50 State Report: New Mexico Earns B for Redistricting from Common Cause
New Mexico ranked above average nationally for a transparent and inclusive process
SANTA FE — Today, Common Cause, the leading anti-gerrymandering group, published a report grading the redistricting process in all 50 states from the view of the community. The comprehensive report evaluates public access, outreach, and education in each state based on an analysis of more than 120 detailed surveys and more than 60 interviews.
New Mexico scored above average compared to other states across the nation: a B. This redistricting cycle was the first to utilize an advisory commission, the Citizen Redistricting Committee (CRC) in the drawing of state and congressional district lines. The report found the CRC produced an overall accessible, and participatory process. Despite the pandemic, the CRC was able to reach more communities through virtual and hybrid options, and organizers successfully mobilized cross-racial communities to advocate for and pass the first community-drawn congressional map. In particular, the report highlights how New Mexico can further improve its redistricting process. By establishing a truly independent redistricting commission and with organizers beginning coalition efforts early, New Mexico can ensure that redistricting works for all of the state’s diverse communities.
“After a close look at all 50 states, this report shows more community voices produce better maps,” said Dan Vicuña, Common Cause national redistricting director. “When everyone can meaningfully participate and have their input reflected in the final maps, that’s how we achieve fair elections voters can trust. We found voting districts that prioritize community interests are the gateway to elections that lead to strong schools, a fair economy, and affordable healthcare.”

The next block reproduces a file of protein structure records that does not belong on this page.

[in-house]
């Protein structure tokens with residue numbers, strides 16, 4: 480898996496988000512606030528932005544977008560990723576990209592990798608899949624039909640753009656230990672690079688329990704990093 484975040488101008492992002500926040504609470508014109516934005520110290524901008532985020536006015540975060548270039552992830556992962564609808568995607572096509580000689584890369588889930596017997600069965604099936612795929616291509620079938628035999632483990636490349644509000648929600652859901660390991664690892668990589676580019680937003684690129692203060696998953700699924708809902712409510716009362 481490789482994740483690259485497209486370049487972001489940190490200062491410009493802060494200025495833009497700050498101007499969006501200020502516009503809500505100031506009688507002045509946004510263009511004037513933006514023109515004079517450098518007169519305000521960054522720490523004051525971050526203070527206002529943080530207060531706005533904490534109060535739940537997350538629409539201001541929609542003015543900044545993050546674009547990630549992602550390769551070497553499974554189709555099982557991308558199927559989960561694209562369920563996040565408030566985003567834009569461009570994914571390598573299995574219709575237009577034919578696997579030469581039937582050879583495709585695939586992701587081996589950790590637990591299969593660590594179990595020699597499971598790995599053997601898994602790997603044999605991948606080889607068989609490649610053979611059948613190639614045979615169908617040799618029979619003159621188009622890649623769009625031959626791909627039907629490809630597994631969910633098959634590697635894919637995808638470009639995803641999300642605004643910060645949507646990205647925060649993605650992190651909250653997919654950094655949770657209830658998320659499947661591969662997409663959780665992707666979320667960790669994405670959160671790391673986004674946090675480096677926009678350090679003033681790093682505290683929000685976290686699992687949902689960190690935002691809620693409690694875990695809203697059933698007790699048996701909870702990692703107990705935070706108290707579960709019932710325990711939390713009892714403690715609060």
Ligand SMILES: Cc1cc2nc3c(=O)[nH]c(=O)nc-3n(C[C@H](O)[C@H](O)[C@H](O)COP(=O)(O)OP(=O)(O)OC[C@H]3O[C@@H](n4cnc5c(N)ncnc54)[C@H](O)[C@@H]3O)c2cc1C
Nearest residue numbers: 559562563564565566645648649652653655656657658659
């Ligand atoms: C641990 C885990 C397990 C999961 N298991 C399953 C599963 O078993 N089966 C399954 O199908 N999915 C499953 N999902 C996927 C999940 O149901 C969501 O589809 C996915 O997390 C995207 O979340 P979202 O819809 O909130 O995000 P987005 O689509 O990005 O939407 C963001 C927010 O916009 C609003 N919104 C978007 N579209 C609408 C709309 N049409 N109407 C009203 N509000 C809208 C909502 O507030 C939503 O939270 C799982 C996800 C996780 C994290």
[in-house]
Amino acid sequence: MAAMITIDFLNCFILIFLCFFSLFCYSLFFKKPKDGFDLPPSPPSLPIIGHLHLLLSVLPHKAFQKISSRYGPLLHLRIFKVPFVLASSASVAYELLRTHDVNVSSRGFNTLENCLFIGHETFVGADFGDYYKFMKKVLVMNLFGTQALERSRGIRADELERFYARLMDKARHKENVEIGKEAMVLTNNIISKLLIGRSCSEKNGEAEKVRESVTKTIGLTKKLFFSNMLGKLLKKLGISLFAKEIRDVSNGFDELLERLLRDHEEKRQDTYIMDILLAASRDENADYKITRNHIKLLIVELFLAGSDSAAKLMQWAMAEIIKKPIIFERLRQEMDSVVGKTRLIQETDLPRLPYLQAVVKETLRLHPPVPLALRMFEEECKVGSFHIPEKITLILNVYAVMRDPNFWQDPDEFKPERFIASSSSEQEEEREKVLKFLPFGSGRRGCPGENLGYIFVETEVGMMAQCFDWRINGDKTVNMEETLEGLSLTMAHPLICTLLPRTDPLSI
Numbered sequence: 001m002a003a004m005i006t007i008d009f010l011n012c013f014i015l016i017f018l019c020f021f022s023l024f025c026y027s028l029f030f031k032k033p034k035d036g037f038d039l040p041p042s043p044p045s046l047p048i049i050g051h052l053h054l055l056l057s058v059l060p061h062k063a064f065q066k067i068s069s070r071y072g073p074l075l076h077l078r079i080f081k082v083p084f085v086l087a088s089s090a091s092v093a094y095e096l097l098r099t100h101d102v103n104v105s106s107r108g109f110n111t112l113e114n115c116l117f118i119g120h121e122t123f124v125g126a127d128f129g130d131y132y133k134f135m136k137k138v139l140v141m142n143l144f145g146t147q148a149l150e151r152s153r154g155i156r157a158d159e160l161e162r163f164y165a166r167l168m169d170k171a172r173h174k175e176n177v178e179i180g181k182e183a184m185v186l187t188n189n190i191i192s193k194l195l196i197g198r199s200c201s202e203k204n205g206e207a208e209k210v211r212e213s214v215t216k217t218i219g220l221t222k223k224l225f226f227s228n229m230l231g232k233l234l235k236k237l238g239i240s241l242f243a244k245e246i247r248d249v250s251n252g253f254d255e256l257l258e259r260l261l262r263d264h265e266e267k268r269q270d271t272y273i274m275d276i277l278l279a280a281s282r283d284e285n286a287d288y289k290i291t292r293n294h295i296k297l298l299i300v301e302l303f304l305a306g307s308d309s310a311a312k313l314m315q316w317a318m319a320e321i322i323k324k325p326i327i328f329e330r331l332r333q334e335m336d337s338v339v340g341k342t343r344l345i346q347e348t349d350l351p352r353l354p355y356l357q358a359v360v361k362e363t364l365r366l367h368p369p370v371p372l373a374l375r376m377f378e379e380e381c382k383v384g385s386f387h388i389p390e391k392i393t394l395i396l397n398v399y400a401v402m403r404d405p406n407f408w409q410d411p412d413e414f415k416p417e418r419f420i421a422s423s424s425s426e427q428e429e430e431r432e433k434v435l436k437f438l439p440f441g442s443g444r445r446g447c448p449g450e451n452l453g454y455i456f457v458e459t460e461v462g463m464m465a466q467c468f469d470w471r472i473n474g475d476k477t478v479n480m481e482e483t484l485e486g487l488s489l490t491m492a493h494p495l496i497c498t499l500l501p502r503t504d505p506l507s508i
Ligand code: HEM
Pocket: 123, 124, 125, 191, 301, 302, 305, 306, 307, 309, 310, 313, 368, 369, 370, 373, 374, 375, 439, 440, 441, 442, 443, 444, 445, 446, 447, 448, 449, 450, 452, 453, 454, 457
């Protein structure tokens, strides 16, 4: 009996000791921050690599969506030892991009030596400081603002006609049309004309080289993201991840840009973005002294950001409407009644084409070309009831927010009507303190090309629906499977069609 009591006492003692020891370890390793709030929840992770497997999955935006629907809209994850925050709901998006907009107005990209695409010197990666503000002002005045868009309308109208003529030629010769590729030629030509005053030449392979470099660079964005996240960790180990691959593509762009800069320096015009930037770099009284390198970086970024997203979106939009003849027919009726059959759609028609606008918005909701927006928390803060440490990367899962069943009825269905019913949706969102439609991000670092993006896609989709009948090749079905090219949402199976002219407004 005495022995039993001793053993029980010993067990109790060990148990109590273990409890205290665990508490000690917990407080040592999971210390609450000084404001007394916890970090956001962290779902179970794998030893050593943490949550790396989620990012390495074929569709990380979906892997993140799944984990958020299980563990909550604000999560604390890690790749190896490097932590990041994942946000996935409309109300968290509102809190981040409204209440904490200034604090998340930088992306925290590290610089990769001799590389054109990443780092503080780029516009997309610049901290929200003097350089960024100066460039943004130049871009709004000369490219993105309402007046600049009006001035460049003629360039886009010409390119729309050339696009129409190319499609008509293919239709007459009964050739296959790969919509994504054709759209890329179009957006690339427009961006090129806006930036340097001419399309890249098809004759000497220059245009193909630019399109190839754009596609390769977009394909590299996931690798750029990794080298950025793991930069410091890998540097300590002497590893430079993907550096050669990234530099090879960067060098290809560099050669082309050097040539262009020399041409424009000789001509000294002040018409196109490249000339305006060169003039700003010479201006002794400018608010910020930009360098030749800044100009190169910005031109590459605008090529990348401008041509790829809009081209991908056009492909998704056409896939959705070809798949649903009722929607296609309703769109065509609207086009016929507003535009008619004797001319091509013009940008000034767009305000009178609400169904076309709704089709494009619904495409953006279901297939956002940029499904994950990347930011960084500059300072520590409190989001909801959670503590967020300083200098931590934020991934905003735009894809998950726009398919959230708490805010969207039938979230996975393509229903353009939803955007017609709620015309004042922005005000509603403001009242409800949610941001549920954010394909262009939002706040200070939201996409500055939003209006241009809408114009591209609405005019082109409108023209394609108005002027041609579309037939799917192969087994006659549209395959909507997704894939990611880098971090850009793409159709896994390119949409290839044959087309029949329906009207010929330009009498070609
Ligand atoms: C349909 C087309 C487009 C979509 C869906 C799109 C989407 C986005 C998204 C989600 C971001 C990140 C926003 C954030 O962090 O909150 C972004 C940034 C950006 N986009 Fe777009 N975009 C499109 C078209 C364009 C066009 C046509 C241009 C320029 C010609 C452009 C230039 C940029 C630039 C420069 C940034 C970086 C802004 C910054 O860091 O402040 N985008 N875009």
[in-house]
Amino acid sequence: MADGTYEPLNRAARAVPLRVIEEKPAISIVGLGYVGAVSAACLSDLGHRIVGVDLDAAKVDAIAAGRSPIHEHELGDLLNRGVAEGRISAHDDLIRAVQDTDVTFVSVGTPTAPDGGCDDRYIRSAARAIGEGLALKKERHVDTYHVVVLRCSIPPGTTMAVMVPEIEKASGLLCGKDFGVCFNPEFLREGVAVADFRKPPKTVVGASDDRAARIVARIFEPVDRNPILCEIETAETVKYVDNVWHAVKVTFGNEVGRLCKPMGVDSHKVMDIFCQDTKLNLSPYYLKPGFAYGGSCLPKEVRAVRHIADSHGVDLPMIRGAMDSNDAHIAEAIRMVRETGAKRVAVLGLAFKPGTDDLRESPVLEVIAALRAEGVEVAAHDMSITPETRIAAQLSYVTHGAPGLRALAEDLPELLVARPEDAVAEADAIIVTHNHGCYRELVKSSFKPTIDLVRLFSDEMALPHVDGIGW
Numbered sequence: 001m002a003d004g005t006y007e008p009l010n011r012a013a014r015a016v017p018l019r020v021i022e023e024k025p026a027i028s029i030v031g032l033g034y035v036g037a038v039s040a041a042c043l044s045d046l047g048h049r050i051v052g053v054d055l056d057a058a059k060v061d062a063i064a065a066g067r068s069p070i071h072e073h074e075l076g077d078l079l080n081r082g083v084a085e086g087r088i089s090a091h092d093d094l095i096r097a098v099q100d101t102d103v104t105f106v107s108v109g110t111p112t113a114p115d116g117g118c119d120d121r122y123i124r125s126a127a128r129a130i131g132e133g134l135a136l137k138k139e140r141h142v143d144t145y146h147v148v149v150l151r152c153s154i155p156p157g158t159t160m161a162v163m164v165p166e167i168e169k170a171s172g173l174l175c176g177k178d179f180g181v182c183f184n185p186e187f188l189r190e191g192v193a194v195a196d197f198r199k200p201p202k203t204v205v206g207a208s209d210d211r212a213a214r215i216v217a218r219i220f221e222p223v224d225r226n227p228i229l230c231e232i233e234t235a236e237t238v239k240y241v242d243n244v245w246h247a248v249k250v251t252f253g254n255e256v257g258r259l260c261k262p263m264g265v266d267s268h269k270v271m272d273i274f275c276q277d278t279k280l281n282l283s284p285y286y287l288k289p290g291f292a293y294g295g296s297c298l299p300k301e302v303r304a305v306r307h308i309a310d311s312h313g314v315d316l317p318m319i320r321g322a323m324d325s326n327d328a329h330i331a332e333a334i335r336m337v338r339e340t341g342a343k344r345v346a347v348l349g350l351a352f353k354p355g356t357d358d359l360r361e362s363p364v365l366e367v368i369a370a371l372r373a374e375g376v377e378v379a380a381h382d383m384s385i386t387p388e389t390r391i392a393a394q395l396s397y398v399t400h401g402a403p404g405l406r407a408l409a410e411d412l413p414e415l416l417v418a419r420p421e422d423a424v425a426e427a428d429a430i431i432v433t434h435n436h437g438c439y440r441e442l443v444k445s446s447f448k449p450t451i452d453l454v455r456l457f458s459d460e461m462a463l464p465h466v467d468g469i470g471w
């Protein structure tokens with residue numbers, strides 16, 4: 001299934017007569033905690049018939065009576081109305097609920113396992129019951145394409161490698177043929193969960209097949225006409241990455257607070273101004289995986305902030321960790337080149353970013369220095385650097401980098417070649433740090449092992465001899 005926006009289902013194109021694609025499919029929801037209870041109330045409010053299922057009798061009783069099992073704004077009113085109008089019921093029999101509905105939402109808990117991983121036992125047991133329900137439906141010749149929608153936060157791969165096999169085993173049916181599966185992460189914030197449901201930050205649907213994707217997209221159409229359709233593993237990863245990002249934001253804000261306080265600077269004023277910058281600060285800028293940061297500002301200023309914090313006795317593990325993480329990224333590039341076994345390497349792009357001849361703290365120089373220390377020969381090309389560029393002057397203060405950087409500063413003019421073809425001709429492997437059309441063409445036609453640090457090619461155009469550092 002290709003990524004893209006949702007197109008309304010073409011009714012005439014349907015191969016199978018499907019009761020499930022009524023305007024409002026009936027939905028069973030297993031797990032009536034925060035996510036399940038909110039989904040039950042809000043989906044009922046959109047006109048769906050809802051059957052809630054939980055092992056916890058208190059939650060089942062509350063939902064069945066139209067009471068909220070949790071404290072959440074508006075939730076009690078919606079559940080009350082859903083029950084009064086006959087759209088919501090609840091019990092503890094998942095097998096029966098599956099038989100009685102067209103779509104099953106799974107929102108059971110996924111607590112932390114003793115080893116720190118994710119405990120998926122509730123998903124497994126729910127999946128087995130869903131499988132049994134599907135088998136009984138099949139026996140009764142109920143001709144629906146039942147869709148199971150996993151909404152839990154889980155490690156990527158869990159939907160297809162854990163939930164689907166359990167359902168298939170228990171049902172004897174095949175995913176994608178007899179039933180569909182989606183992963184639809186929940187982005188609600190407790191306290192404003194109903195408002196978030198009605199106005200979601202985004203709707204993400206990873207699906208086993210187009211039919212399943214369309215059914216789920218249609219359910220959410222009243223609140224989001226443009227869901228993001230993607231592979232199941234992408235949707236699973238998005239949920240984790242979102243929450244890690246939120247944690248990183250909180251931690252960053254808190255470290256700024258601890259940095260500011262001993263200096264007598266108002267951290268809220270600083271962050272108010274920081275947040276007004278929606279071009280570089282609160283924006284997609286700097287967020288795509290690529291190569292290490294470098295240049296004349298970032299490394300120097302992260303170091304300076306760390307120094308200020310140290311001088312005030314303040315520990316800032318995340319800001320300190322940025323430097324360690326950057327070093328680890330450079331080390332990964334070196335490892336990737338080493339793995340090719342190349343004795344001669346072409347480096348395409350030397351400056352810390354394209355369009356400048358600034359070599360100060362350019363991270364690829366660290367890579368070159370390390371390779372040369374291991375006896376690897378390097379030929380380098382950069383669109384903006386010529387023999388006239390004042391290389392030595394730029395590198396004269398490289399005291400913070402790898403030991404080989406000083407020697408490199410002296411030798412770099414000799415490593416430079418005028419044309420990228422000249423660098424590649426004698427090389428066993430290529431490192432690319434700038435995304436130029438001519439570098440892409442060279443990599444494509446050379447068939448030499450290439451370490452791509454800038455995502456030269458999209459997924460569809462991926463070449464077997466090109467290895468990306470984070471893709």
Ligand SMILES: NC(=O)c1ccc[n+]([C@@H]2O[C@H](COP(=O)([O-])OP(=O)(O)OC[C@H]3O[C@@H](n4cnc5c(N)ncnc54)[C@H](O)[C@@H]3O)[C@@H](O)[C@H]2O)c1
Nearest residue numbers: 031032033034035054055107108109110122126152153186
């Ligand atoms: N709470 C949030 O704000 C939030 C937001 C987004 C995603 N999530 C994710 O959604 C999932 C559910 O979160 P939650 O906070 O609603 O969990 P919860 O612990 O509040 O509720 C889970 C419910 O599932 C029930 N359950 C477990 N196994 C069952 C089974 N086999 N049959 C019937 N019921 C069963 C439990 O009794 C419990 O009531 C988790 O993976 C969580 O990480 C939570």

Common Cause graded each state for its state level redistricting. Some states received a second grade for their local redistricting process in cases where advocates provided data. Each interview and survey asked participants about the accessibility of the process, the role of community groups, the organizing landscape, and the use of communities of interest criteria.
“Redistricting is only successful when we the people have influence over our own voting districts,” said Mason Graham, Common Cause New Mexico’s policy director. “Redistricting determines the kind of leaders we elect, and how well they represent our views in Santa Fe and Washington. New Mexico earned an above-average score, but there is still more work to be done. We must ensure that in the next redistricting cycle, our redistricting commission is truly independent and free from political influence.”
Common Cause found the most powerful reform is independent, citizen-led commissions where voters—rather than elected officials—administer the process and hold the power of the pen to draw maps. Independent commissioners were found to be more interested in fair representation and community input— rather than electability or party control.
The report was authored by Common Cause, Fair Count, State Voices, and the National Congress of American Indians (NCAI).
The report was published in collaboration with the Coalition Hub for Advancing Redistricting and Grassroots Engagement (CHARGE), which includes Common Cause, Fair Count, League of Women Voters, Mia Familia Vota, NAACP, NCAI, State Voices, APIAVote, and the Center for Popular Democracy.